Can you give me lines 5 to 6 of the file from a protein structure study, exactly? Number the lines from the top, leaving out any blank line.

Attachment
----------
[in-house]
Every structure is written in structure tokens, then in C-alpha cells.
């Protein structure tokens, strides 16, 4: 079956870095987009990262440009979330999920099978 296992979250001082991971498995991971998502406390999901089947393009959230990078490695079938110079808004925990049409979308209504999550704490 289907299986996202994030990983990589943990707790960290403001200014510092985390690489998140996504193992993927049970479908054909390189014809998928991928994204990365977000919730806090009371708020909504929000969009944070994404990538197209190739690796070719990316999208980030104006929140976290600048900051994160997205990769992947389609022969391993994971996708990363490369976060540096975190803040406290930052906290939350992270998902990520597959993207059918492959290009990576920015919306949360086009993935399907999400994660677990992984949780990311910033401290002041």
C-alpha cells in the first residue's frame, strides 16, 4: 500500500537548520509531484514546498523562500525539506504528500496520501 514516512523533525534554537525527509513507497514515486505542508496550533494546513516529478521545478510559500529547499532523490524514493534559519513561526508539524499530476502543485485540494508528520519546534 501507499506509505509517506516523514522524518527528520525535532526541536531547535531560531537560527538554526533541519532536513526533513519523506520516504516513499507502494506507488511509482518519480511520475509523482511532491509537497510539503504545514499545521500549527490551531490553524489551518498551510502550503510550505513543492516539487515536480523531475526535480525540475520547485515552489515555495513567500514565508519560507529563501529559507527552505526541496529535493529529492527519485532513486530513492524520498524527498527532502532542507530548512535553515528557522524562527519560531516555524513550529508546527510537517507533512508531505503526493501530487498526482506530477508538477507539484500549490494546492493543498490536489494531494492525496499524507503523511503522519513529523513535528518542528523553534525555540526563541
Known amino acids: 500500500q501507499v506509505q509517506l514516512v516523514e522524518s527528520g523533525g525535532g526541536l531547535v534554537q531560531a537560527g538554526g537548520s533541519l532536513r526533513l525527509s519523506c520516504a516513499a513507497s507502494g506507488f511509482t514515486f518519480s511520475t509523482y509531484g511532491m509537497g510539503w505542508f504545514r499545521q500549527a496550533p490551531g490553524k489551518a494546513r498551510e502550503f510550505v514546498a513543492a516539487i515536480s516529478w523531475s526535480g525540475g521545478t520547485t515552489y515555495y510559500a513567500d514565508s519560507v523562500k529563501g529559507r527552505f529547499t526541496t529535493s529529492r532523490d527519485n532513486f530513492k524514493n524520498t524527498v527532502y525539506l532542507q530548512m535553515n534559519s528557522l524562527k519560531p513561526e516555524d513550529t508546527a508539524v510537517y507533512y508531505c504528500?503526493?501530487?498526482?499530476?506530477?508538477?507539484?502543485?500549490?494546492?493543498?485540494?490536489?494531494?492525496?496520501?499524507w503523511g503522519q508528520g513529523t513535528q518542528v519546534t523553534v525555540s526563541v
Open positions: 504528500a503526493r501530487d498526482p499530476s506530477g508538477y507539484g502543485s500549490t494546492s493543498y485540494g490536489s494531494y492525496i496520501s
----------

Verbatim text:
Known amino acids: 500500500q501507499v506509505q509517506l514516512v516523514e522524518s527528520g523533525g525535532g526541536l531547535v534554537q531560531a537560527g538554526g537548520s533541519l532536513r526533513l525527509s519523506c520516504a516513499a513507497s507502494g506507488f511509482t514515486f518519480s511520475t509523482y509531484g511532491m509537497g510539503w505542508f504545514r499545521q500549527a496550533p490551531g490553524k489551518a494546513r498551510e502550503f510550505v514546498a513543492a516539487i515536480s516529478w523531475s526535480g525540475g521545478t520547485t515552489y515555495y510559500a513567500d514565508s519560507v523562500k529563501g529559507r527552505f529547499t526541496t529535493s529529492r532523490d527519485n532513486f530513492k524514493n524520498t524527498v527532502y525539506l532542507q530548512m535553515n534559519s528557522l524562527k519560531p513561526e516555524d513550529t508546527a508539524v510537517y507533512y508531505c504528500?503526493?501530487?498526482?499530476?506530477?508538477?507539484?502543485?500549490?494546492?493543498?485540494?490536489?494531494?492525496?496520501?499524507w503523511g503522519q508528520g513529523t513535528q518542528v519546534t523553534v525555540s526563541v
Open positions: 504528500a503526493r501530487d498526482p499530476s506530477g508538477y507539484g502543485s500549490t494546492s493543498y485540494g490536489s494531494y492525496i496520501s